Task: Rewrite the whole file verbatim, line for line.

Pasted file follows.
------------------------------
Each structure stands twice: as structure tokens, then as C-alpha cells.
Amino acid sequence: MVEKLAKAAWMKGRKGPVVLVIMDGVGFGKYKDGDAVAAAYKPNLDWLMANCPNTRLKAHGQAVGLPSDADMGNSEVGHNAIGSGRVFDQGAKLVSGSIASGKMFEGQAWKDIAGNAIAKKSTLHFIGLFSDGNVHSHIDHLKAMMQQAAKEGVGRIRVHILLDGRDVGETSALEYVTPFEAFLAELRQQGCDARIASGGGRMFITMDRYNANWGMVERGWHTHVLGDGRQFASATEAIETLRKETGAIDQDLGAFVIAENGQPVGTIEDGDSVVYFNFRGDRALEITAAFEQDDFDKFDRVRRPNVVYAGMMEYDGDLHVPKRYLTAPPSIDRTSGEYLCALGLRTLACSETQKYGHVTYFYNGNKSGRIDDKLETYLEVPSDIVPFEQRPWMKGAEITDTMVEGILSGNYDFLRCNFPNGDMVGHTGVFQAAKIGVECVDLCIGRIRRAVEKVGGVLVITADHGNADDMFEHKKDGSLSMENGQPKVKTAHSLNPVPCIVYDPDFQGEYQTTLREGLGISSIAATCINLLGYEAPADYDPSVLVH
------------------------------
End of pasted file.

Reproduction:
Each structure stands twice: as structure tokens, then as C-alpha cells.
Amino acid sequence: MVEKLAKAAWMKGRKGPVVLVIMDGVGFGKYKDGDAVAAAYKPNLDWLMANCPNTRLKAHGQAVGLPSDADMGNSEVGHNAIGSGRVFDQGAKLVSGSIASGKMFEGQAWKDIAGNAIAKKSTLHFIGLFSDGNVHSHIDHLKAMMQQAAKEGVGRIRVHILLDGRDVGETSALEYVTPFEAFLAELRQQGCDARIASGGGRMFITMDRYNANWGMVERGWHTHVLGDGRQFASATEAIETLRKETGAIDQDLGAFVIAENGQPVGTIEDGDSVVYFNFRGDRALEITAAFEQDDFDKFDRVRRPNVVYAGMMEYDGDLHVPKRYLTAPPSIDRTSGEYLCALGLRTLACSETQKYGHVTYFYNGNKSGRIDDKLETYLEVPSDIVPFEQRPWMKGAEITDTMVEGILSGNYDFLRCNFPNGDMVGHTGVFQAAKIGVECVDLCIGRIRRAVEKVGGVLVITADHGNADDMFEHKKDGSLSMENGQPKVKTAHSLNPVPCIVYDPDFQGEYQTTLREGLGISSIAATCINLLGYEAPADYDPSVLVH